Back in London and a chance to see what my Mum and Dad’s garden had to show for itself on the first day of May. This is when we really start to get into the pollinator season, which peaks in July. The weather was perfect for macro with no harsh light.
I noticed how the dandelions in their pre-flowering phase also look like lions. Their name actually means tooth of the lion from the French “dent-de-lion”, which is one of the great common plant names in my view. Also a reminder of how the English language takes from so many others (did you know English also contains ‘Viking’ words like sky, eggs, and happy?!) The leaves look like teeth but the flowers look like lion’s manes. I’d love to learn more about the history of the name in England.
The ladybirds were quite active. We may be looking at the invasive harlequin here.
I saw this micro-moth on a few occasions, if they are the same species. Their behaviour was similar and their patterning is also.
It’s always nice to see a bee-fly, unless you’re their prey. They can’t have much longer left of their season.
My Dad spent ages trying to control the Spanish bluebells that were running rampant. They are a difficult species to remove. That said they are attractive both for photos and some pollinators like mason bees.
My final image was of a hoverfly I see quite a lot that holds its wings in to its body, making it difficult to observe its markings. I think this one looks like a metallic robot from a 1980s sci-fi movie.
I spent Good Friday with my Mum in London and managed to sneak in 5 minutes of macro photography in her garden. It was a warm but fairly overcast afternoon, which is pretty perfect for macro. This is because the light is softer, creating less contrast in images, and not so hot that insects are hyperactive.
Every spring my Mum and Dad’s garden explodes with self-seeded forget-me-nots, lesser celandines and garlic mustard. The forget-me-nots are truly stunning flowers.
Up close and under a macro lens they are even better. I didn’t get a photo of their full spread, but this tweet completely sums up how I feel about them:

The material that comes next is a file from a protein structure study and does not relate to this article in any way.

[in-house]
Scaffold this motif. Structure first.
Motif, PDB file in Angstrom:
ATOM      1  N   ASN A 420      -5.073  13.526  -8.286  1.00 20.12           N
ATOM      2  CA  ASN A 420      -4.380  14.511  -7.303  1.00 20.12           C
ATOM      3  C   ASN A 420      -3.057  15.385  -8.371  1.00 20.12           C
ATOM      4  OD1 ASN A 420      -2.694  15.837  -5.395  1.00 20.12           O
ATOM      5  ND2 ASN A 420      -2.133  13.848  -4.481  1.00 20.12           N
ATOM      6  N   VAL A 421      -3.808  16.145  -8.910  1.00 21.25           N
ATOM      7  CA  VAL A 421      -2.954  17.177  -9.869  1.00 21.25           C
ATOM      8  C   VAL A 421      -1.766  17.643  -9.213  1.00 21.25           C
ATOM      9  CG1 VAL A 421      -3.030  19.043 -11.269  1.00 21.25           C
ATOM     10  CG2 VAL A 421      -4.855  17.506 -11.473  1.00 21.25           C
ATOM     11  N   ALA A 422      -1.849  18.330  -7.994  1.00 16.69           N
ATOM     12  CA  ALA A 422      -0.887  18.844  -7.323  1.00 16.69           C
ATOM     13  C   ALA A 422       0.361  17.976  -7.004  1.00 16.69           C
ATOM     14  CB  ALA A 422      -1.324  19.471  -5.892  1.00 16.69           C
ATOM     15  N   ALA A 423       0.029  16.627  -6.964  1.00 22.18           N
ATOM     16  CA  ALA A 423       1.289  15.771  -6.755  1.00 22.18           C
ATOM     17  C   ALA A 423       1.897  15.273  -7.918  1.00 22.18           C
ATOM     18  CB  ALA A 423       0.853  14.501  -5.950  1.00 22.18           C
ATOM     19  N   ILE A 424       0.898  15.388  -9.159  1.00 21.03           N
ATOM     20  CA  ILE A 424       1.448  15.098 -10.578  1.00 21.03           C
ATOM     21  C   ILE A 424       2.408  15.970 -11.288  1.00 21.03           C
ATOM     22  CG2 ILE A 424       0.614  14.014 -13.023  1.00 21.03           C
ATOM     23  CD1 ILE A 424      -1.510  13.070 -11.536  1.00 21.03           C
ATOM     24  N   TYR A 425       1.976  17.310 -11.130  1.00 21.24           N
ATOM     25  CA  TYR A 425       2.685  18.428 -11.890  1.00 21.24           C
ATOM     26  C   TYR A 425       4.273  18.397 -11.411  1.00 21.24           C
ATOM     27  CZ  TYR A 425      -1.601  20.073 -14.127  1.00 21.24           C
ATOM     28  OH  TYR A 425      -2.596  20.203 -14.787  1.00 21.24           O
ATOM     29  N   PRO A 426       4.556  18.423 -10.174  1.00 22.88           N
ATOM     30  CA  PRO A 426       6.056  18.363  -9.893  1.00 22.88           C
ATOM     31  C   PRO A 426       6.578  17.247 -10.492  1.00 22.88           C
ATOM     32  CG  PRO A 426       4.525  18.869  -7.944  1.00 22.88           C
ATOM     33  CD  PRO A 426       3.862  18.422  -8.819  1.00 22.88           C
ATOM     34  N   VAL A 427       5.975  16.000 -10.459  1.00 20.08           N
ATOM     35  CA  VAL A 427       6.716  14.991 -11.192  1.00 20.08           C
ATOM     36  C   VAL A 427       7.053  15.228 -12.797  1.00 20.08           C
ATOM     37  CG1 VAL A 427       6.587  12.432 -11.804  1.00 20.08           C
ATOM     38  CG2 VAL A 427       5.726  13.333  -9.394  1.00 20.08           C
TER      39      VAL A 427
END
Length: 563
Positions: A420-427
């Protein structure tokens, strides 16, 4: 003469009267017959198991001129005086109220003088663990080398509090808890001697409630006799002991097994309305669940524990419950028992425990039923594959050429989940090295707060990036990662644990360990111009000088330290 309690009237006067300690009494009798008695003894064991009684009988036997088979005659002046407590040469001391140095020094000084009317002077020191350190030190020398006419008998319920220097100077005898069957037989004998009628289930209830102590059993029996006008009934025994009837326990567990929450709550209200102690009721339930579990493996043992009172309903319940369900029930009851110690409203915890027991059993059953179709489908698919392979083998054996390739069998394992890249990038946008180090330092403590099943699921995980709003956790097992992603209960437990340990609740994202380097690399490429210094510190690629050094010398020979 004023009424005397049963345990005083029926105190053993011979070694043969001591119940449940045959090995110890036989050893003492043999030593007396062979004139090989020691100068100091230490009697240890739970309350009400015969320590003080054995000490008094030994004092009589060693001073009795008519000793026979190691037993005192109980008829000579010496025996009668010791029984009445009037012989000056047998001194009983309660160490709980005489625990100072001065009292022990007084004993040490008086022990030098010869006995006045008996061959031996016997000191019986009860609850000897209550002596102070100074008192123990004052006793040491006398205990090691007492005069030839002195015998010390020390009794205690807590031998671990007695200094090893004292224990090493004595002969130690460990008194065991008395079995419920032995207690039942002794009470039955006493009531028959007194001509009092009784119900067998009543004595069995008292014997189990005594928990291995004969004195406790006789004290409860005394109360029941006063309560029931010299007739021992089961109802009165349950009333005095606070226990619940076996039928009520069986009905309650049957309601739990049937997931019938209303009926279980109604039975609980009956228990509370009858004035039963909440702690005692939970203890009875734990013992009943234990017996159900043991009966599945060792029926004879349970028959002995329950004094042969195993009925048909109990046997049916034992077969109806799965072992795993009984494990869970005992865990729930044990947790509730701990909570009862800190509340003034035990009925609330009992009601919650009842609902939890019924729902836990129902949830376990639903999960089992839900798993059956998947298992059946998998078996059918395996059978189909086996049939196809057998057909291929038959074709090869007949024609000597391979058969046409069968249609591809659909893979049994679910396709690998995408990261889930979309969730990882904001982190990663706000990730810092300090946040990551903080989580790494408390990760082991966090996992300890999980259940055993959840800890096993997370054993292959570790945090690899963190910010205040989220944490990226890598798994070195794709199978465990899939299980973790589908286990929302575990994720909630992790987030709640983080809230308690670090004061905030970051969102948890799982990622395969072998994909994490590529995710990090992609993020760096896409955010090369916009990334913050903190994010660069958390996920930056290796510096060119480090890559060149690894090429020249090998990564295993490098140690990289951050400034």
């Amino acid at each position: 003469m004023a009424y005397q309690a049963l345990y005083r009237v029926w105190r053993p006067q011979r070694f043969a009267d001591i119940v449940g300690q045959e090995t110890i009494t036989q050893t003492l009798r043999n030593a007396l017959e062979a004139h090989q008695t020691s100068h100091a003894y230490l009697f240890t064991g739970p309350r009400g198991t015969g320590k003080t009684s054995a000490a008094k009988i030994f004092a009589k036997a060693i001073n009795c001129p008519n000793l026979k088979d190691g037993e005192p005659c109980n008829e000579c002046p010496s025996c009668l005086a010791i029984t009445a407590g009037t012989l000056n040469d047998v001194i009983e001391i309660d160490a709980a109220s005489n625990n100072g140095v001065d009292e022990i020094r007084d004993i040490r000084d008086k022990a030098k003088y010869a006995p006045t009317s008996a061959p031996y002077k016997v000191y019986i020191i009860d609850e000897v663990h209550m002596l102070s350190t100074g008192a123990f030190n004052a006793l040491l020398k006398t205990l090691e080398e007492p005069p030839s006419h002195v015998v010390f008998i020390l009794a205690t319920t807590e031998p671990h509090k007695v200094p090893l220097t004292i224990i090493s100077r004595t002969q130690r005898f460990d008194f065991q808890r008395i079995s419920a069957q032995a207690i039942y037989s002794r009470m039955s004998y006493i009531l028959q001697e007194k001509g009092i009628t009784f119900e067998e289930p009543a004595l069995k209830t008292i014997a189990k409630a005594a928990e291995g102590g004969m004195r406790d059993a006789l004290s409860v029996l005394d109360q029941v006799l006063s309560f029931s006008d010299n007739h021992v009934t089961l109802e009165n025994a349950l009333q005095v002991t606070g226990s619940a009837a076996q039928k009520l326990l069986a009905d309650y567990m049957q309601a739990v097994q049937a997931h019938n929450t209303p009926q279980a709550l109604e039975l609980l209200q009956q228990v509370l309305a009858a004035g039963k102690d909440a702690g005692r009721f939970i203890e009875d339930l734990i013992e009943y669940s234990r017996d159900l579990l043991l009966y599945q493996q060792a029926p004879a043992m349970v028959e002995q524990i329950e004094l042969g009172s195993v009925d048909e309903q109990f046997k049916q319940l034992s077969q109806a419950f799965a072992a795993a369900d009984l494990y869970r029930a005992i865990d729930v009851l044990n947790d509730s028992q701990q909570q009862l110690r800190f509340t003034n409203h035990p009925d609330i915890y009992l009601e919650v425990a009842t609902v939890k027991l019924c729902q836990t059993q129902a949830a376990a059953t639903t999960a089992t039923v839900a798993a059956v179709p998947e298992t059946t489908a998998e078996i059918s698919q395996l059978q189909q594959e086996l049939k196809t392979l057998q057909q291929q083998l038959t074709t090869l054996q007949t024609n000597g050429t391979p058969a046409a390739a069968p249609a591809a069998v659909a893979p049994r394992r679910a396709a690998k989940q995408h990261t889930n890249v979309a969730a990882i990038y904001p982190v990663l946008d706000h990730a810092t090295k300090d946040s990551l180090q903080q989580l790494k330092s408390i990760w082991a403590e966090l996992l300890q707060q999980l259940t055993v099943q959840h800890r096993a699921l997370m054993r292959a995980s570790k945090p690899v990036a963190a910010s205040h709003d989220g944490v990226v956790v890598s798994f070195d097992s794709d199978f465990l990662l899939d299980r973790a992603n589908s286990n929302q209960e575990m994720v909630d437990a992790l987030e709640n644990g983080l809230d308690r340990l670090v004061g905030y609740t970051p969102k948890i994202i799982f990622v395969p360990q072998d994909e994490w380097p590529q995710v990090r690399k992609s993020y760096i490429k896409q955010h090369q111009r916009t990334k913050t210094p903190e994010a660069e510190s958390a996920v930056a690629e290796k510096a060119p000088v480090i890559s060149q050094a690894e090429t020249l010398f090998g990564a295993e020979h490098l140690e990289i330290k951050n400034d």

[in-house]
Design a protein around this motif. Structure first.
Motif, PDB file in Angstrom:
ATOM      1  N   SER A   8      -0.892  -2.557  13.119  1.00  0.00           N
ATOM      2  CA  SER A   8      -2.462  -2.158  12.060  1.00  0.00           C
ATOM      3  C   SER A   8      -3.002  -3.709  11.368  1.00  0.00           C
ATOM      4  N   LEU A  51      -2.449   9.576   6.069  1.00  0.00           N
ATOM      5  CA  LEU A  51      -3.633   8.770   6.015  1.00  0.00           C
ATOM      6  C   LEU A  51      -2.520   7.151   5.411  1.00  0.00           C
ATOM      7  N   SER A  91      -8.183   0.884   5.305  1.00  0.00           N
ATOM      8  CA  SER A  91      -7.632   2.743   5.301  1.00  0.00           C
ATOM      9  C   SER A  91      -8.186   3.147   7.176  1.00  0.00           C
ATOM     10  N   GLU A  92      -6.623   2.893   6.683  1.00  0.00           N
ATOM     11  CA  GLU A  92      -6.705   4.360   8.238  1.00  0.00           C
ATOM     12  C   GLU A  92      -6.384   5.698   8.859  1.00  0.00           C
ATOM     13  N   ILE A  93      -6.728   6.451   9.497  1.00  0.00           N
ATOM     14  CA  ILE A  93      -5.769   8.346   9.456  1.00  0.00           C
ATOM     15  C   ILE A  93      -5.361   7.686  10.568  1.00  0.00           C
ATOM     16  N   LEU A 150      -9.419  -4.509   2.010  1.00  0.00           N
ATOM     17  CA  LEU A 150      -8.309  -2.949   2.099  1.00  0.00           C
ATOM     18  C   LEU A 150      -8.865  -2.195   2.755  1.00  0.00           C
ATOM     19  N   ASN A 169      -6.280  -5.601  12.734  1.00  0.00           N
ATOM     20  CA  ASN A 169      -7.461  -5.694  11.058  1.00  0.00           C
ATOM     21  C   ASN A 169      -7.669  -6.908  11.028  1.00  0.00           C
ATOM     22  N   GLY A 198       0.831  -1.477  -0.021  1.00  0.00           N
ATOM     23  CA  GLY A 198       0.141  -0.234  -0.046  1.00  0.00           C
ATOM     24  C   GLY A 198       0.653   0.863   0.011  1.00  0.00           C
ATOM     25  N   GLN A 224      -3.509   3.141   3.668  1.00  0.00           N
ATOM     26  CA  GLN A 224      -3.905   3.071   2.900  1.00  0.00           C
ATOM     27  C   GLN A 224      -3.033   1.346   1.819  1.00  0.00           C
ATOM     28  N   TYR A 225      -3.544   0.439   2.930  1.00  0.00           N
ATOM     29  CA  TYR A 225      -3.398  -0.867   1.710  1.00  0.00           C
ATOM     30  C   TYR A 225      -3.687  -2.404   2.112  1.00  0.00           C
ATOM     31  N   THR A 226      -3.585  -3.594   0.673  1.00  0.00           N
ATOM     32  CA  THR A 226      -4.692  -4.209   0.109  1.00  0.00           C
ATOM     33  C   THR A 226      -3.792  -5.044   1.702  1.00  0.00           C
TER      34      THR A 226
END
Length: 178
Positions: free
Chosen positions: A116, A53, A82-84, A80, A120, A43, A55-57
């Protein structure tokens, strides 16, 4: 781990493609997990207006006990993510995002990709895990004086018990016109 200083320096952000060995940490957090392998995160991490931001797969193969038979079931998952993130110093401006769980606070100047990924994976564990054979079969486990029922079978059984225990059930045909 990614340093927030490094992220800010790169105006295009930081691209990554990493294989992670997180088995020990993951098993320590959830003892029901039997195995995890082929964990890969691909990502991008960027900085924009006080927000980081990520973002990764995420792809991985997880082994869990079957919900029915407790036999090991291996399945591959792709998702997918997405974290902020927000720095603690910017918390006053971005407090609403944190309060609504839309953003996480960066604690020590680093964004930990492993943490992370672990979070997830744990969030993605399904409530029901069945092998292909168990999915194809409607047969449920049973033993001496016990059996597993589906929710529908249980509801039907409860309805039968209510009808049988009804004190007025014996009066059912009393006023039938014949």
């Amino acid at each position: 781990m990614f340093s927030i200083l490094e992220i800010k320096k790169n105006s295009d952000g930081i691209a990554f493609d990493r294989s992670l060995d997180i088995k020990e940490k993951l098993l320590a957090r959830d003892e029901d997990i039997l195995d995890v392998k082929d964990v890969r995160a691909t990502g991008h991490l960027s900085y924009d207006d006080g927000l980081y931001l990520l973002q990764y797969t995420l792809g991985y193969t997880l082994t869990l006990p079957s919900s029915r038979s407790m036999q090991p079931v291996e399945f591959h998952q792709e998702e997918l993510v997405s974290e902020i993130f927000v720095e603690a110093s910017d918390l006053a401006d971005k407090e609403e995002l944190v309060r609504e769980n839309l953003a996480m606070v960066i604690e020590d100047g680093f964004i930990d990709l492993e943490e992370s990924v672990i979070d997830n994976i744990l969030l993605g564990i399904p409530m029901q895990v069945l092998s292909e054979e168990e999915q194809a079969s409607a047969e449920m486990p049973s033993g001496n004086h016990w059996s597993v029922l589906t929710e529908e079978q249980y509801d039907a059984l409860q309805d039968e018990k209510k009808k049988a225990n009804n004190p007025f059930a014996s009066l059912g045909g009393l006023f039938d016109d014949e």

I think it’s a good idea to normalise calling certain things ‘wildflowers’ rather than ‘weeds’.
Years ago my Dad used an old enamel sink to make a pond. We put some marsh marigold in which has proven very content indeed in that small basin. It’s a good nectar source for bees in particular.
One of my Dad’s favourite plants in the garden was the smokebush which grows outside the kitchen window. The colours are incredible when in full swing, but the plant is no less beautiful when it comes into leaf. One of the last proper conversations with my Dad was when I told him I had cut this back (it was getting quite big) and he thanked me for it. I can’t tell you how significant that is now.
I noticed a familiar bee whizzing around the gooseberry bush – another of my Dad’s favourites, which he would pick fruit from and put into desserts, but also curse the woodpigeons who sometimes ate all the crop in one go! This little red bee is a tawny mining bee, one of the early solitary bee species that we get in southern England. Here you can see it pollinating the gooseberry flowers, that highly valuable ecosystem service you may have heard about. Also note the ant approaching!
The ant is clearly approaching the bee, which in turn is shifting ready to fly. You can just about make out the ant’s mandibles opening in a threatening manner.
The ant has done its job and the tawny mining bee has fled the scene. I can only guess that the ant sees the bee as a threat to any aphid farming operations which are taking place on the plant, or happening nearby. The mining bee is no threat to the ant or the aphids. It only wants nectar and pollen.